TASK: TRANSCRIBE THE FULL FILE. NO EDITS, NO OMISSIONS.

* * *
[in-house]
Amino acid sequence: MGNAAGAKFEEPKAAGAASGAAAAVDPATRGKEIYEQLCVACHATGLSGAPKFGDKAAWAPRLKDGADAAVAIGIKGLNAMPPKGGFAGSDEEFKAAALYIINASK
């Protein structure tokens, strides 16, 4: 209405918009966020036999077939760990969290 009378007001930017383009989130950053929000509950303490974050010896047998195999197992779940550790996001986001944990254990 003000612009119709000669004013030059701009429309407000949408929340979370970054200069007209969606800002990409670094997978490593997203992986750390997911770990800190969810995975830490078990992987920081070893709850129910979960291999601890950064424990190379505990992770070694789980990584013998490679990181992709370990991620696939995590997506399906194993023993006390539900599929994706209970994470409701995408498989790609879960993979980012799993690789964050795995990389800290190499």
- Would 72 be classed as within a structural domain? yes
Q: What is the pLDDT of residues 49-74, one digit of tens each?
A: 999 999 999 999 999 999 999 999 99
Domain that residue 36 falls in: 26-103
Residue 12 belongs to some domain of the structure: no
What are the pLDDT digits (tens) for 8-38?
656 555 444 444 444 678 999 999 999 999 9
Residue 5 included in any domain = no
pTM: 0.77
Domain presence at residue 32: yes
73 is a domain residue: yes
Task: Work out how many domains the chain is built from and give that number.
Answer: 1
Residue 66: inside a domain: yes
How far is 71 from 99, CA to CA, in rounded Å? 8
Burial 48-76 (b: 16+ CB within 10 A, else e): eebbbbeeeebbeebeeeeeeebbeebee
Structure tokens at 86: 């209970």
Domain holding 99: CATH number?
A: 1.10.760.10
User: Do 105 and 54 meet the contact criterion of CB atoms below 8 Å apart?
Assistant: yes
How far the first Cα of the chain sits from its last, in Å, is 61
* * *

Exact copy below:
[in-house]
Amino acid sequence: MGNAAGAKFEEPKAAGAASGAAAAVDPATRGKEIYEQLCVACHATGLSGAPKFGDKAAWAPRLKDGADAAVAIGIKGLNAMPPKGGFAGSDEEFKAAALYIINASK
């Protein structure tokens, strides 16, 4: 209405918009966020036999077939760990969290 009378007001930017383009989130950053929000509950303490974050010896047998195999197992779940550790996001986001944990254990 003000612009119709000669004013030059701009429309407000949408929340979370970054200069007209969606800002990409670094997978490593997203992986750390997911770990800190969810995975830490078990992987920081070893709850129910979960291999601890950064424990190379505990992770070694789980990584013998490679990181992709370990991620696939995590997506399906194993023993006390539900599929994706209970994470409701995408498989790609879960993979980012799993690789964050795995990389800290190499």
- Would 72 be classed as within a structural domain? yes
Q: What is the pLDDT of residues 49-74, one digit of tens each?
A: 999 999 999 999 999 999 999 999 99
Domain that residue 36 falls in: 26-103
Residue 12 belongs to some domain of the structure: no
What are the pLDDT digits (tens) for 8-38?
656 555 444 444 444 678 999 999 999 999 9
Residue 5 included in any domain = no
pTM: 0.77
Domain presence at residue 32: yes
73 is a domain residue: yes
Task: Work out how many domains the chain is built from and give that number.
Answer: 1
Residue 66: inside a domain: yes
How far is 71 from 99, CA to CA, in rounded Å? 8
Burial 48-76 (b: 16+ CB within 10 A, else e): eebbbbeeeebbeebeeeeeeebbeebee
Structure tokens at 86: 């209970």
Domain holding 99: CATH number?
A: 1.10.760.10
User: Do 105 and 54 meet the contact criterion of CB atoms below 8 Å apart?
Assistant: yes
How far the first Cα of the chain sits from its last, in Å, is 61